# Two-cardinal models of the random graph

For a first-order theory $T$ and cardinals $\kappa < \lambda$, we say that $M$ is a $(\kappa,\lambda)$-model if it is of size $\lambda$ and has a definable (with parameters) subset of size $\kappa$.

1) Let $T$ be the theory of the countable random graph. Which $(\kappa,\lambda)$-models does it admit?

2) For an arbitrary $T$, what are the sufficient conditions for the existence of $(\kappa,\lambda)$ models for some $\kappa < \lambda$? This is not a question about transfer from some $(\kappa,\lambda)$ to a different $(\kappa',\lambda')$, there are quite a few theorems there. What I am asking for is some kind of a non-structure theorem, (apart from having a Vaughtian pair).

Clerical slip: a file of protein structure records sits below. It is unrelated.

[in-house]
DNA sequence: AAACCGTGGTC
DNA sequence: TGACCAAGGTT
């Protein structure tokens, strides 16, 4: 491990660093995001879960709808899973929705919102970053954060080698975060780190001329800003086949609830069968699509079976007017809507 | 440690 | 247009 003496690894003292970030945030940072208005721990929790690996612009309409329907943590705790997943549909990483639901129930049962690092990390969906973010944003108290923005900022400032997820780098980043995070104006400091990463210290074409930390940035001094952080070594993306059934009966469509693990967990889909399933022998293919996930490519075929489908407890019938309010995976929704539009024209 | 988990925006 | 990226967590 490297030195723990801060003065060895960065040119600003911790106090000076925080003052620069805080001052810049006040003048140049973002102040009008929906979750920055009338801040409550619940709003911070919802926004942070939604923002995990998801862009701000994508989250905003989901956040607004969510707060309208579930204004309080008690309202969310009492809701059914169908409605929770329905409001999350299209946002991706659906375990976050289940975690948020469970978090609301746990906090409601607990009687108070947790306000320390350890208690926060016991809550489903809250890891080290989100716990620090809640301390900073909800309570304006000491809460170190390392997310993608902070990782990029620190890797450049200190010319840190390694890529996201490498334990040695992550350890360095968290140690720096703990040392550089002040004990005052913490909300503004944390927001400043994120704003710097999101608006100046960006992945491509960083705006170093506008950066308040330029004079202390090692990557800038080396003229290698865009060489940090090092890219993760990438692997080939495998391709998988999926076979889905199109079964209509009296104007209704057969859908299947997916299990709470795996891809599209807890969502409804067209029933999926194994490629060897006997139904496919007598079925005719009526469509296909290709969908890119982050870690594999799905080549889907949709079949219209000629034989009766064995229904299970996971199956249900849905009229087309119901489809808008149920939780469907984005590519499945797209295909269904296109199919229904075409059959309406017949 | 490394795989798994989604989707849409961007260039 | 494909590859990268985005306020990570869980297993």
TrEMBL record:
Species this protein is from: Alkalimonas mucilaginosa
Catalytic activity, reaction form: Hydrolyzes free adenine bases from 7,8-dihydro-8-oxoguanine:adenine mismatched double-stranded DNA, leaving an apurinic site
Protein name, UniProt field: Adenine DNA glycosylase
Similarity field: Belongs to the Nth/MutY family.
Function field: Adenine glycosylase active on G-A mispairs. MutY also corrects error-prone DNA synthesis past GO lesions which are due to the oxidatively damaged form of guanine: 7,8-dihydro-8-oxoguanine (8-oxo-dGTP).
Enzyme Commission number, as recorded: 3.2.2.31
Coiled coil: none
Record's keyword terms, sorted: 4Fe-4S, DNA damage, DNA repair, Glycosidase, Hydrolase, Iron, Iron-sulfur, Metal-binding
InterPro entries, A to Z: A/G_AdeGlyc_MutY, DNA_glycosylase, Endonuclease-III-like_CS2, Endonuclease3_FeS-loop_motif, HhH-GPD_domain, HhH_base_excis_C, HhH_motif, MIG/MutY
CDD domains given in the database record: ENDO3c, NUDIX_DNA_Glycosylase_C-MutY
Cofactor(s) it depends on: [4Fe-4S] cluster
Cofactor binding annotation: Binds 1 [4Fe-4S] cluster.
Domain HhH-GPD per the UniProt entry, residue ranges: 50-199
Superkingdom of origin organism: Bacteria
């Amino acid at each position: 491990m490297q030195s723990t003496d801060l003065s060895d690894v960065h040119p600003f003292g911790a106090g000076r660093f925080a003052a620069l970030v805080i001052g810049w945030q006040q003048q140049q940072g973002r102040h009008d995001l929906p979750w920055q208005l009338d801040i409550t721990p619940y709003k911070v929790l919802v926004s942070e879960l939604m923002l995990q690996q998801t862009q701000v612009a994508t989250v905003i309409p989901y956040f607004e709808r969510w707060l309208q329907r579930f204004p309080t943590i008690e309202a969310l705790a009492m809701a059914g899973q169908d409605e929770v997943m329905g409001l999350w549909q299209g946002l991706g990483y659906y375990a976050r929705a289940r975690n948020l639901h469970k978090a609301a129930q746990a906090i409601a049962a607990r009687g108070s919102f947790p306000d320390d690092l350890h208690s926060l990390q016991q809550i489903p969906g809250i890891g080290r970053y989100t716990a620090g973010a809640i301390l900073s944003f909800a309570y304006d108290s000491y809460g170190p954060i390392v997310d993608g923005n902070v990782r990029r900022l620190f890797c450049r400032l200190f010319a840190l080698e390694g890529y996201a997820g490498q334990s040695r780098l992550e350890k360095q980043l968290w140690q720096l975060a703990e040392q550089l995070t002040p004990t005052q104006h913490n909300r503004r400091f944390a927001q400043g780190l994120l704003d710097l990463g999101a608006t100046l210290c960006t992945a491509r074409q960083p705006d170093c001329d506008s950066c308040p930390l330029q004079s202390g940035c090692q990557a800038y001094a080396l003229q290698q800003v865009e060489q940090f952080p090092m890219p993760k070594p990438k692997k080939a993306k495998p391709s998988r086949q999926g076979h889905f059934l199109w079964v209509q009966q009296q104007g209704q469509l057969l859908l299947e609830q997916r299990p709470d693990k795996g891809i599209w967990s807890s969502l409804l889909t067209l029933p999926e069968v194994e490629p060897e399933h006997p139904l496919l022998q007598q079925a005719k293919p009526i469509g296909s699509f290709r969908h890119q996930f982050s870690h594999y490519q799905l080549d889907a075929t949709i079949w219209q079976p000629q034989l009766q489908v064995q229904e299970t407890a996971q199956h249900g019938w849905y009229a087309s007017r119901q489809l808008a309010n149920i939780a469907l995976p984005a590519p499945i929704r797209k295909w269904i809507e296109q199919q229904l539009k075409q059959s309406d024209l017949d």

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The main result of the paper is the following theorem: If G is the Rado graph or the generic $K_{n}$-free graph, and $\kappa \leq \lambda$ are infinite cardinals, then the following are equivalent: (1) $\lambda \leq 2^{\kappa}$; (2) there is a graph $G^{\prime}$ elementarily equivalent to G of cardinality λ and a vertex $v\in V(G^{\prime})$ for which |Δ(v)|=κ; (3) there is a graph $G^{\prime}$ elementarily equivalent to G of cardinality λ and a vertex $v\in V(G^{\prime})$ for which |Δ′(v)|=κ. (Here Δ(v) is the set of neighbors of v in G∗, and Δ′(v) is its complement.)